This scenic section of the Yamashiro Kodo can easily be done in less than half a day, and makes for a great stop-off if travelling between Kyoto and Nara by train. This particular part of the route is situated in Ide Town, a small and rural jurisdiction of southern Kyoto Prefecture.
Hiking and History; Walking the Yamashiro Kodo along the Kyoto-Nara Line
The Yamashiro Kodo is a 25 km walking route that extends through the three southern Kyoto Prefecture cities of Joyo, Ide, and Kizugawa. The JR Nara Line and Kizugawa River run almost in parallel to this small path that gently winds along the mountains of Minamiyamashiro, and views of the Japanese countryside can be admired all along the route. The Yamashiro Kodo is also notable for all the sights you can see if you venture out a bit. The route passes through plum groves and tea fields, and beside waters where fireflies dance, as well as through locations sure to pique your curiosity about the local Japanese history and culture: historical sites with hidden secrets, towns that saw uprisings long ago, and those that still use ancient roads.
While hiking the full 25km route is a big undertaking, it is possible to hop on and off along the train line between Kyoto and Nara, and walk just as much as you’d like, such as the recommended 5km between Yamashiro-Taga and Tamamizu stations described here.
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Ancient shrines and seasonal surprises
The hike starts at Yamashiro-Taga Station – head east out of the station and meander through the quiet backstreets, taking in the peaceful local village atmosphere of the area. After walking for 10 minutes or so along the countryside lanes you will arrive at the first stop of the day, Taka Shrine (高神社).
A long set of stone steps lead you up through the rich greenery of the forest, soon bringing you out at the shrine. Taka Shrine was founded in 711 and the main building, dating back to 1604, is designated as a Kyoto Prefectural Cultural Property. The shrine is significant as it was the first place on record in Japan where ‘sarugaku’ – an old form of theatrical performance from the Kamakura period (1185-1333) which pre-dates the more famous Noh plays – was performed, according to the shrine records of the same period.
Next to entrance of the shrine you can also find Tanigawa Hotaru Park, which is a popular spot for observing fireflies (hotaru) as they flit around on balmy summer evenings around the beginning of rainy season (usually from mid to late June). Be sure to visit if you’re in the area at the time!
The Sacred Forest of Taka-Jinja Shrine has been selected as one of the 100 best scenic spots in Kyoto. Behind it, Taka-Jinja Shrine stands quietly. The main hall of the shrine was built in the Momoyam …
From the firefly park the Yamashiro Kodo road swings southwest and then back eastwards through quiet neighbourhoods where locals go about their daily lives. The road then branches up a narrow lane into the hills (hint: to avoid getting lost keep an eye out for the special green and yellow mountain marks painted on the road) and it becomes a bit rougher underfoot. After a short but steady climb passing fields and forest you will emerge at an asphalt road; there is another marking on the road here, so be sure to follow the arrow pointing right.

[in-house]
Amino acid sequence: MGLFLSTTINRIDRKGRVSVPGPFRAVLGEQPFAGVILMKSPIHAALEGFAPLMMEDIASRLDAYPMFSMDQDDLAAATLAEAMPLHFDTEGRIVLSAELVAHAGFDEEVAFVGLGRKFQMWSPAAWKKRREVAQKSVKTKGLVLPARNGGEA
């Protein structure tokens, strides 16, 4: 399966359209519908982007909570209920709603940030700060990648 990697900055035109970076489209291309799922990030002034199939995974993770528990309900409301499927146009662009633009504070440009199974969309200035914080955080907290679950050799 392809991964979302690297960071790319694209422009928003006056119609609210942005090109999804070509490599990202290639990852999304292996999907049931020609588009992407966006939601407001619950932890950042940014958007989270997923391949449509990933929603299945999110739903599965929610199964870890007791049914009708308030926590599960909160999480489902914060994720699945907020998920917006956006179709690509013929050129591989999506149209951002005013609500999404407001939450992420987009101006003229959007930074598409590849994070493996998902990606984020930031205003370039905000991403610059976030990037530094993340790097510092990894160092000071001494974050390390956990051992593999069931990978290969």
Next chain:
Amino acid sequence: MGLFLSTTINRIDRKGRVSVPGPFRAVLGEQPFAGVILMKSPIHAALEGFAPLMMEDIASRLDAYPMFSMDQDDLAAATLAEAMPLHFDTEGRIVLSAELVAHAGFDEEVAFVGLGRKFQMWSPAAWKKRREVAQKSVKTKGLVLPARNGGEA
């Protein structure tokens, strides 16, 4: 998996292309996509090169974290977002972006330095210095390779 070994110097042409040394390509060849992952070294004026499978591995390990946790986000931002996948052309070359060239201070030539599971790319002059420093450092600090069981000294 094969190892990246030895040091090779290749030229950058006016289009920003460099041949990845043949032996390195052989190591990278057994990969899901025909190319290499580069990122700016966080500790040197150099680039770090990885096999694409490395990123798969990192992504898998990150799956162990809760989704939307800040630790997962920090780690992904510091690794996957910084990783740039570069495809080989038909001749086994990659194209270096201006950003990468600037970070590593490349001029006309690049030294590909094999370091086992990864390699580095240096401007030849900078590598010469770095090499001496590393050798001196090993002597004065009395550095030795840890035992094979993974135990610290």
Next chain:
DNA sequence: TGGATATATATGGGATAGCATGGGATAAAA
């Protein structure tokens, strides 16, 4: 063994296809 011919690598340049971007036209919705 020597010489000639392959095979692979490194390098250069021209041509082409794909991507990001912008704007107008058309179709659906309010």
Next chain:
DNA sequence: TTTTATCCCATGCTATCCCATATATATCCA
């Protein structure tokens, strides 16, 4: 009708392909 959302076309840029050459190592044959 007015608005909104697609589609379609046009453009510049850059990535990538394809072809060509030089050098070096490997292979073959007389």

The road skirts gently along the mountainside, soon cutting through an impressive bamboo forest where you can admire the fine form and sounds of the bamboo as it sways in the breeze. Unlike at the popular bamboo groves in Arashiyama, here you can enjoy the unique views and peaceful tranquillity without any of the crowds.
Beyond the bamboo forest the road then cuts through an extensive cedar wood, immersing you deep within the mountain’s natural surroundings. The road soon emerges from the forest (take the first left) and the views start to open out, with the sprawling Yamashiro Basin and distant Ikoma Mountain Range visible over to the west.
Continue ambling along the idyllic backstreets towards the entrance of Jizo Zen-in Temple (地蔵禅院), which is reached by climbing a paved path with stone steps and passing beneath a stone torii gate. The temple sits on a hillside and so offers expansive vistas of the plains below – listed as one of Kyoto’s top 100 views.
During the spring it is a popular place to come to see the amazing pink blooms of the weeping cherry trees, some of which are believed to be almost 300 years old.
Standing on a hill and to the south of Tamatsuoka Shrine, Jizozen-in Temple offers a sweeping view over the plains of the town of Ide. The glorious clouds of weeping cherry blossoms that bloom here ar …
Carrying on further up the path and at the top of the last flight of stone steps, a bright red torii gate signifies the entrance to Tamatsuoka Shrine (玉津岡神社).